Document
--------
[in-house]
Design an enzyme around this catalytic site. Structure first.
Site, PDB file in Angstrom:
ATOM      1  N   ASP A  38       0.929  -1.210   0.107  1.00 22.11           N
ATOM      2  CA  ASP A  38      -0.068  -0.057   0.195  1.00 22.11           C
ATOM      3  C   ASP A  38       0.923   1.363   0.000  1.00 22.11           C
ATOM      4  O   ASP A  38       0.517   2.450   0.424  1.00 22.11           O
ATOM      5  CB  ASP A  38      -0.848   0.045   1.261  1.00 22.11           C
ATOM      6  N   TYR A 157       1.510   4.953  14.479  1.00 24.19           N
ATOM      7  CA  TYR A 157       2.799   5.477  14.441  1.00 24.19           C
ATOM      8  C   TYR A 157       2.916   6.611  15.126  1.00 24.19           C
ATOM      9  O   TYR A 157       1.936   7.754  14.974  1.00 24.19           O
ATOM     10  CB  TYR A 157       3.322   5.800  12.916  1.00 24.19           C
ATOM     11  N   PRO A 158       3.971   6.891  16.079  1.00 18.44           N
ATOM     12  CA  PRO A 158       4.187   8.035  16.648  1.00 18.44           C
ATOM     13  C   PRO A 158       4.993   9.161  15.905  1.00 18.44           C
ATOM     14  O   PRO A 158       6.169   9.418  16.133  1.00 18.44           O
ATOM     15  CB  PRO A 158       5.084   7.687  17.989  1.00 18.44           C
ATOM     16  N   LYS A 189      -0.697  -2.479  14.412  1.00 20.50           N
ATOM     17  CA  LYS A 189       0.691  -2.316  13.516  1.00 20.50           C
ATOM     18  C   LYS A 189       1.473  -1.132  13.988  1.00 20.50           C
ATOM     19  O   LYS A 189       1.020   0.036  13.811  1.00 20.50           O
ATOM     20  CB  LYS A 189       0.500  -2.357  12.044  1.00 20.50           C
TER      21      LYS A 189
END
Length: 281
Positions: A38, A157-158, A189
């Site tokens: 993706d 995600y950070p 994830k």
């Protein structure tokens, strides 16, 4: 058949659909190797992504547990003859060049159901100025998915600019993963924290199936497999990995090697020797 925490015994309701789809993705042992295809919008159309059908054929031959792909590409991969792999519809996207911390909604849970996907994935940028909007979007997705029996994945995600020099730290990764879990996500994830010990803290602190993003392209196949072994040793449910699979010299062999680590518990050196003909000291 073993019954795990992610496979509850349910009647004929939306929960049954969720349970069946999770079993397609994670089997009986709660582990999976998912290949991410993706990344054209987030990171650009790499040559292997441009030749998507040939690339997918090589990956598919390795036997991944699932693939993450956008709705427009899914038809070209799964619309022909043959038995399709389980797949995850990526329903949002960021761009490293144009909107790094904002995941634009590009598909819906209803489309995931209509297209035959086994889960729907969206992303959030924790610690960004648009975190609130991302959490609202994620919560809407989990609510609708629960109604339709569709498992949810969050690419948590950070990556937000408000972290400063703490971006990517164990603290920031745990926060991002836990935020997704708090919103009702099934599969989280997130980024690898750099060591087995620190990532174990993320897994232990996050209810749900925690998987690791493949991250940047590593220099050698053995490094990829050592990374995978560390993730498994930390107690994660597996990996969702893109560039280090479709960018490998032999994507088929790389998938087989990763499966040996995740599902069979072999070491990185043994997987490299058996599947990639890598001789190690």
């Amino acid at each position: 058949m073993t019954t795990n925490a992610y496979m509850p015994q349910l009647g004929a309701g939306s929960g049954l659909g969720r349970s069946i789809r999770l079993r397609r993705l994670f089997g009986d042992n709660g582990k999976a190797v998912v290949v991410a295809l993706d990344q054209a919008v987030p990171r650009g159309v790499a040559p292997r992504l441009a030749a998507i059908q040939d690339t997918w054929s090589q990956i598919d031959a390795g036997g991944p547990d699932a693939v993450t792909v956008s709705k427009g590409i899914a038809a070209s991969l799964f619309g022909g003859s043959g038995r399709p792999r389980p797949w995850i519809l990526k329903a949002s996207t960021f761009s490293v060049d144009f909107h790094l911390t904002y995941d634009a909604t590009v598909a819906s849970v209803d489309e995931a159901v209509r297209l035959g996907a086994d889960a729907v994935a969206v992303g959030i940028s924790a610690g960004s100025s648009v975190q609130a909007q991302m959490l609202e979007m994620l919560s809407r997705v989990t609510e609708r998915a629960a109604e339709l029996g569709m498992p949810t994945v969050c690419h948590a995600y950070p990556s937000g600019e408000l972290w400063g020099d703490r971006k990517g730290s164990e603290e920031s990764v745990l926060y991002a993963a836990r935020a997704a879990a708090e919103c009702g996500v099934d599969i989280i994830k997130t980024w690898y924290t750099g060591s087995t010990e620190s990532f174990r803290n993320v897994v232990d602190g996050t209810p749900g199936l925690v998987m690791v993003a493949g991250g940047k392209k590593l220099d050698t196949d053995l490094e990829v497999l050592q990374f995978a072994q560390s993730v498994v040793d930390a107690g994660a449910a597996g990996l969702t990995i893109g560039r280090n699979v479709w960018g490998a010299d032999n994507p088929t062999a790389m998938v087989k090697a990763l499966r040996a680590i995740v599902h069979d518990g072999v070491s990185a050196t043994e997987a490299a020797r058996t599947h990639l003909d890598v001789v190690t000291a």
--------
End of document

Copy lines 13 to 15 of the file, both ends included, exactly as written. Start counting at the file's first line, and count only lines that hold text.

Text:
ATOM     10  CB  TYR A 157       3.322   5.800  12.916  1.00 24.19           C
ATOM     11  N   PRO A 158       3.971   6.891  16.079  1.00 18.44           N
ATOM     12  CA  PRO A 158       4.187   8.035  16.648  1.00 18.44           C